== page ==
- You describing yourself as idiosyncratic is pretty spot on considering your eclectic sound & how your upcoming album “Friday Night” floats in and out of different genres throughout BUT if you had to sum up your sound to someone who is listening to your music for the first time how would you describe it? It’s pop music. I tell people “broad-spectrum pop” sometimes. If I had a better one sentence summary, I would have used it when I first emailed you. It’s internet/bedroom/alt pop but with a swapped set of influences. It’s like 2010s indie rock filtered through the SoundCloud rap era.
- Are there specific artists you drew inspiration from while creating this album? Yeah, for sure. You picked up on Third Eye Blind. Lorde is another huge one. The Jack-Antonoff-produced Kevin Abstract album. Wicca Phase and Tigers Jaw, Avril Lavigne, Underscores. Young Thug and Future are both huge guiding stars for me.
- How long did it take you to put this album together? Are there any people that have been there since you started this huge project that are still standing beside you for it’s upcoming release? The first songs from Friday Night were written in 2019, so it’s been a super long time. At the end of 2021 I started making regular pilgrimages to a studio in Massachusetts with a bunch of other talented friends to flesh out my home-recorded demos. The songwriting process was done by myself but the construction of the final songs was very collaborative. Gabe Gill–my best friend and Deadmall bandmate–he’s been my closest confidant for this whole project. And I want to show huge love for Andrew Oedel who’s helped put the finishing touches on my music for years and years now.
- Were there any tracks that you put together that didn’t make the album? If so, why not? There’s actually a bunch of tracks that didn’t make the cut, and most of them got most of the way through the recording process. I think probably some of them will see the light of day eventually. Oil and Pipebomb were songs that we recorded for the album but didn’t fit in the end, so they came out as loose singles. It was important to me to keep the album short and concise. I didn’t want to make a twenty-song album where you can only digest the songs individually (or in playlists).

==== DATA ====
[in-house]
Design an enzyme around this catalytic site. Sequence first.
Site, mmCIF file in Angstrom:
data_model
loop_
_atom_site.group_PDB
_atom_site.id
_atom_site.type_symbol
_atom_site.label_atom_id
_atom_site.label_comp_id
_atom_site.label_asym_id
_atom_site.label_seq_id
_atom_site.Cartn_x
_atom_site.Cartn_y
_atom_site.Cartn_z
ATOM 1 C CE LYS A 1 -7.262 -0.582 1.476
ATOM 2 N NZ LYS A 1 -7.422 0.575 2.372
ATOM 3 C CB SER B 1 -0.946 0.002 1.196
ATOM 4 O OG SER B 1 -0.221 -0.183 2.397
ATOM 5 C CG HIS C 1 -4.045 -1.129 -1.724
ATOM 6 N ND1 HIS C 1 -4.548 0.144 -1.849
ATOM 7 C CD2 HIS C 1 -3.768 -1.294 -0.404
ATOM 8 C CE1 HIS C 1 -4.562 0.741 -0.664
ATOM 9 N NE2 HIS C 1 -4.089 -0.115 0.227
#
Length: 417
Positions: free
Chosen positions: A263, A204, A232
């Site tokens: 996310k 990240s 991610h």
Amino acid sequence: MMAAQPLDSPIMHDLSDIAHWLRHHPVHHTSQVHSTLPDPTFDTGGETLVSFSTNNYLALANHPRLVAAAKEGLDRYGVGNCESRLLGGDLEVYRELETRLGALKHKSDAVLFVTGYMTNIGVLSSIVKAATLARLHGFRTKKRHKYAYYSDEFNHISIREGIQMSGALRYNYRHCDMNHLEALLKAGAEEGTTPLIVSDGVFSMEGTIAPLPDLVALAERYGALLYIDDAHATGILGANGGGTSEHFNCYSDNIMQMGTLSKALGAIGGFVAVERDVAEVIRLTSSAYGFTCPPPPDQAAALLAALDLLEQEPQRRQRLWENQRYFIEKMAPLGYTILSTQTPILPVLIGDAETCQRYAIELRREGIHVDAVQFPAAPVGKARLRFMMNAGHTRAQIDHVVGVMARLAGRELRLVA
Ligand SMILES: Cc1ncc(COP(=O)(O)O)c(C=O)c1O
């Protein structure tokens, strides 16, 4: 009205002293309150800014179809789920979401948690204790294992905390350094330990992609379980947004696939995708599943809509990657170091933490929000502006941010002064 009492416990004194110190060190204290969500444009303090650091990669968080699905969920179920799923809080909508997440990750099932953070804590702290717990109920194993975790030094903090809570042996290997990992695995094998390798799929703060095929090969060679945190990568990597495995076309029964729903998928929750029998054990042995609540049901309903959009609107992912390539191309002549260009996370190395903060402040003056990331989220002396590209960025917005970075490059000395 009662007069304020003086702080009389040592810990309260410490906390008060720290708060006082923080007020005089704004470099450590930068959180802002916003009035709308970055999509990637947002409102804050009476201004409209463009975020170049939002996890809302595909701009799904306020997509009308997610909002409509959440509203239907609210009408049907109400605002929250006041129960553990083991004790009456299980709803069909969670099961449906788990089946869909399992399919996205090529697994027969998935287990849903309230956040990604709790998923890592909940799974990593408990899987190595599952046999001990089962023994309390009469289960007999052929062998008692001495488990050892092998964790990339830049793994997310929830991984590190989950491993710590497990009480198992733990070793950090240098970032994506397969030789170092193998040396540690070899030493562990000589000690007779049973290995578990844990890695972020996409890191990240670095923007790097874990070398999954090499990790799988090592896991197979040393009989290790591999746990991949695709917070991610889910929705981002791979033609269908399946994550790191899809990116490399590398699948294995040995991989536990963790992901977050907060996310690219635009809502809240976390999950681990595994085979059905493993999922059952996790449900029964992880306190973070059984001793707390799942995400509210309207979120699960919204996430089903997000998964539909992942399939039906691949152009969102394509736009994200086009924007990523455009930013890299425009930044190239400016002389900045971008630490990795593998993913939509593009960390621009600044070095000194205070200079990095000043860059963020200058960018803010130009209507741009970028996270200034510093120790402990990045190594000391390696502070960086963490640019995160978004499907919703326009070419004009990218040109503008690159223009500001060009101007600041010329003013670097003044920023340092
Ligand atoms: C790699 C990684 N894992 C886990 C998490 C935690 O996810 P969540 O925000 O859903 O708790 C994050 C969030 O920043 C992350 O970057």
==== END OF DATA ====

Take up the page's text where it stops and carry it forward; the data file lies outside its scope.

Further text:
- If you could, please give our readers a snapshot/set the scene of what is looked like, felt like, while recording this album. These songs were recorded in a huge, converted church in suburban Massachusetts. I came into the sessions with barebones demos–guitar, programmed drums, midi pianos, etc. Some of the process was as simple as rerecording parts with live instruments, lots was more creative, with a rotating cast of musicians helping to come up with new parts and ideas. For one very exciting evening we had a band upstairs recording live bass, drums, and keys, plus a group of people downstairs programming parts on their laptops. At night we drank Bud Light and, in the morning, I made everyone eggs.
- What is your favorite track on the album and why? It might be Camel Crush right now, but probably by the time the whole album is out it’ll be something different. It’s often just the song I haven’t heard for a while, the song that can still surprise me. (Having just listened again, maybe it’s the title track.) It’s always exciting to listen with fresh ears after a project is finally released, so I’m looking forward to that.
- From what I have read you seem to be a hopeless romantic at your core yet many of your songs visit a more melancholic place, is creating music a therapeutic practice for you? I’m a hopeless romantic but I’m also a cynic. I’ve felt jaded for too long. It’s something I’m actively working on. The thing I romanticize the most is the feeling of love before I knew the archetype, or like the feeling of a drug before I got familiar with the comedown. I always want to have a new feeling and I’m terrified they’re running out. Making music isn’t always fun but it is compulsive and I’m always glad when I’ve done it.
- Are there shows scheduled for the near future that I can let our readers know about? I’m playing an album release show March 25th at Alphaville in Brooklyn. Kid Lake is playing, plus a bunch of friends and collaborators who are all gonna do a couple songs each. I miss playing shows and I miss my friends in far-flung places so I hope there will be more shows in the next few months in other east coast cities.
- What do you think you should never have to apologize for? The older I get the more I think I have to apologize for. I’ve got a more acutely developed sense of shame than ever before in my life. That’s maybe not the answer you wanted. I think you shouldn’t have to apologize for being late to work. As long as it doesn’t like mess anyone’s day up. Then you should definitely apologize.